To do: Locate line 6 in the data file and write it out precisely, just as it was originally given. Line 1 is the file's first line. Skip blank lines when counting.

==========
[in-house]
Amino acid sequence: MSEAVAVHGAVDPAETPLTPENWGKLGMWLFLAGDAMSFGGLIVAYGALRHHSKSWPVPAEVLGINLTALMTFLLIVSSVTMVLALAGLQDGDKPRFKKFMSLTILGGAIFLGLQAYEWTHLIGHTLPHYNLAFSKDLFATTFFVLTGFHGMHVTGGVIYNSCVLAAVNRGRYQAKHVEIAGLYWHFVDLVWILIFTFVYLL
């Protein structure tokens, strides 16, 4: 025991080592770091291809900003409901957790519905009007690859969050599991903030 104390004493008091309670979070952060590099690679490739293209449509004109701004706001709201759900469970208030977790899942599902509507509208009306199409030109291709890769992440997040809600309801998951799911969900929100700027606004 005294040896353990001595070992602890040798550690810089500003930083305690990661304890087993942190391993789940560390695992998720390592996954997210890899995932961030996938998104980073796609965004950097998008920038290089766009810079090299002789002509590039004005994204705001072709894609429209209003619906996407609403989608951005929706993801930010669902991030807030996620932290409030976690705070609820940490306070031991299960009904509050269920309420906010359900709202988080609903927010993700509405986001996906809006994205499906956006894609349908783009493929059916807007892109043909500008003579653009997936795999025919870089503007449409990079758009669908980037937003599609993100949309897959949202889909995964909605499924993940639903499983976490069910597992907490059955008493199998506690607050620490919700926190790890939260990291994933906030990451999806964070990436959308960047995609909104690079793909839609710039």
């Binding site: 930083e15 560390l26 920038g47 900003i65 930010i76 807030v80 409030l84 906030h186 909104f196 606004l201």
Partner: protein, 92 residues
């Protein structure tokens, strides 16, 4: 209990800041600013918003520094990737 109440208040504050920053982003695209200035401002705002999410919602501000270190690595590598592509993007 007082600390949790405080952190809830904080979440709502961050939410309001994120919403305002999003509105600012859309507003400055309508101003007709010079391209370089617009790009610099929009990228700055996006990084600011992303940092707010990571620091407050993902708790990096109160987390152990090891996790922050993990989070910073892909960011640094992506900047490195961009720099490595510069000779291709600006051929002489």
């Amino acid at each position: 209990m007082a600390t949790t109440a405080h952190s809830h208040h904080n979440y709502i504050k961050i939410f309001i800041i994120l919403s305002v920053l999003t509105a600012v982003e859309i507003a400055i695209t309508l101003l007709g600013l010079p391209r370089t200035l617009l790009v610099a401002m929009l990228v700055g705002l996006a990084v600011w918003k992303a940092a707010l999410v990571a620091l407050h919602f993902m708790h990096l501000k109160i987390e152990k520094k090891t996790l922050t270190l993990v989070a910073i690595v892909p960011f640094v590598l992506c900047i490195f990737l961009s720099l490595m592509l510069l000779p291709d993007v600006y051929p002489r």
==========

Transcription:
């Protein structure tokens, strides 16, 4: 209990800041600013918003520094990737 109440208040504050920053982003695209200035401002705002999410919602501000270190690595590598592509993007 007082600390949790405080952190809830904080979440709502961050939410309001994120919403305002999003509105600012859309507003400055309508101003007709010079391209370089617009790009610099929009990228700055996006990084600011992303940092707010990571620091407050993902708790990096109160987390152990090891996790922050993990989070910073892909960011640094992506900047490195961009720099490595510069000779291709600006051929002489």